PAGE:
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Mobile Services .NET Backend: Initializers and Model Updates

Mobile Services .NET Backend: Initializers and Model Updates

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Note: the default initializers have changed somewhat now that .NET backend has reached the "general availability" milestone. You can find the latest info in How to make data model changes to a .NET backend mobile service.

In case you haven’t heard the news, Mobile Services now has a service backend that is implemented as a Web API project. This “.NET backend” relies heavily on the Code First features of Entity Framework, where you specify on the data model as a DbContext and Entity Framework will automagically generate the database for you. This make the .NET backend quickstart projects work super easy on first try, both on the local machine (using localdb) and after you publish to Azure (using SQL Database).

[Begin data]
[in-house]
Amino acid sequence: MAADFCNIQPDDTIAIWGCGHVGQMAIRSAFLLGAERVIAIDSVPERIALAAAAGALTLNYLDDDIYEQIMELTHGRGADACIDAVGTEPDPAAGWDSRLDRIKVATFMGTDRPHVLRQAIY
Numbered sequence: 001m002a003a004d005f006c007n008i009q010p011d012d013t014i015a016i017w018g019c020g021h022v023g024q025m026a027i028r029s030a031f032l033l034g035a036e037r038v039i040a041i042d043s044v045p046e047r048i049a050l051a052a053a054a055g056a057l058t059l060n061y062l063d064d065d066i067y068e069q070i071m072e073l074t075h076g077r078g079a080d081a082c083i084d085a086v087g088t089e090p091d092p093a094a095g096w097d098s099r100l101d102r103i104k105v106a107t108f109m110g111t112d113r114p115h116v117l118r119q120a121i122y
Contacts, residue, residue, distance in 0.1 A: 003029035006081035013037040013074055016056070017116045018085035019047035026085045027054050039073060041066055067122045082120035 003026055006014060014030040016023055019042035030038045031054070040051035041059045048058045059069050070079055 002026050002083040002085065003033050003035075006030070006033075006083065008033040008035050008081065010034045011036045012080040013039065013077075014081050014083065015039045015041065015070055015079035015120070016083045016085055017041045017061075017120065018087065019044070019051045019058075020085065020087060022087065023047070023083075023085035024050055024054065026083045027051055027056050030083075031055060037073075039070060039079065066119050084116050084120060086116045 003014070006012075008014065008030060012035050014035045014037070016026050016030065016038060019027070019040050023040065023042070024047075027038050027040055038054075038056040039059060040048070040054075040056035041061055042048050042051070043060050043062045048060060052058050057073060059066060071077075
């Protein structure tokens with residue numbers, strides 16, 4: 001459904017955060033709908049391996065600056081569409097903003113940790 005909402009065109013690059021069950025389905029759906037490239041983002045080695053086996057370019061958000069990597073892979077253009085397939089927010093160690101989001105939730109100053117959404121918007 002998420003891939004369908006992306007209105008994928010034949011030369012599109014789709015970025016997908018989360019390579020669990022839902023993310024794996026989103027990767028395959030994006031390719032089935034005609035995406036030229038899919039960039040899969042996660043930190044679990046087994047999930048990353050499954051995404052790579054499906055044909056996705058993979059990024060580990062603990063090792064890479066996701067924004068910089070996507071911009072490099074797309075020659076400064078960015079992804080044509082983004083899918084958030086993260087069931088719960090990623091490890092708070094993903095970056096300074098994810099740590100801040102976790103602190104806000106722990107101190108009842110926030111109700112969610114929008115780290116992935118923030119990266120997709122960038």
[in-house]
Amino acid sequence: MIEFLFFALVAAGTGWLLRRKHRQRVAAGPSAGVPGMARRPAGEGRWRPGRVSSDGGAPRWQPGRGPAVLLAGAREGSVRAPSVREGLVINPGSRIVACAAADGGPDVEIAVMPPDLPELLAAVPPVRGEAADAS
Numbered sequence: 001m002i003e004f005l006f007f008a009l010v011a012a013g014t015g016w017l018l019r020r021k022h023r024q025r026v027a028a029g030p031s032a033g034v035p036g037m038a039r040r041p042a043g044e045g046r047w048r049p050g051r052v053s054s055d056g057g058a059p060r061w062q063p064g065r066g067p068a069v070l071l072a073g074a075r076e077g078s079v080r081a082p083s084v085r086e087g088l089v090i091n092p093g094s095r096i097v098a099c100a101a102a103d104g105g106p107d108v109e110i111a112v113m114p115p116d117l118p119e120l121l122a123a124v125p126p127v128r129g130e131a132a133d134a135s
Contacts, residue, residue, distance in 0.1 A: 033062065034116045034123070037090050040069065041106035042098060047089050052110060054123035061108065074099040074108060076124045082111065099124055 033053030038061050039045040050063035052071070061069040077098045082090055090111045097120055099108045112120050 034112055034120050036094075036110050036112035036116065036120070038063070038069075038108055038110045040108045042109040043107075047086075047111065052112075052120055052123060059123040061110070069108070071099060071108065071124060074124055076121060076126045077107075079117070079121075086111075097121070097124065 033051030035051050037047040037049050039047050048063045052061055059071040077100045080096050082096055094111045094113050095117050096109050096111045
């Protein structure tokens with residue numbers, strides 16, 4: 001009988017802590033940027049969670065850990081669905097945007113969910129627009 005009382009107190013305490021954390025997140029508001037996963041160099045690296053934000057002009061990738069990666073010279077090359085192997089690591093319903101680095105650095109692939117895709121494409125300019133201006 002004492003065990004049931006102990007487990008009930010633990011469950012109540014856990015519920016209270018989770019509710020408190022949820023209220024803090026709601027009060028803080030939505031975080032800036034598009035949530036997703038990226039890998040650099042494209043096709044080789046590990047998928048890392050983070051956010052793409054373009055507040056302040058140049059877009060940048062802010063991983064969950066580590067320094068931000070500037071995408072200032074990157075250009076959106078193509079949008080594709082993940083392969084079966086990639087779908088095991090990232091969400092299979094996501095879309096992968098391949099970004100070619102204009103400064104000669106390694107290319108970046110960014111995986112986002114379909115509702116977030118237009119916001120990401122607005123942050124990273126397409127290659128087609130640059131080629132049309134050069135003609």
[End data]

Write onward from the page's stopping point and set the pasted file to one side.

The Default Initializer

If you dig into a .NET backend project, you will find the static WebApiConfig class, which is called when the service is first initialized. In the Register method, the following method is called to create the database:

    Database.SetInitializer(new my_mobile_serviceInitializer());

And in the same code page you can see that the generated my_mobile_serviceInitializer class inherits from DropCreateDatabaseIfModelChanges

    public class my_mobile_serviceInitializer : 
        DropCreateDatabaseIfModelChanges<my_mobile_serviceContext>
    {
        protected override void Seed(my_mobile_serviceContext context)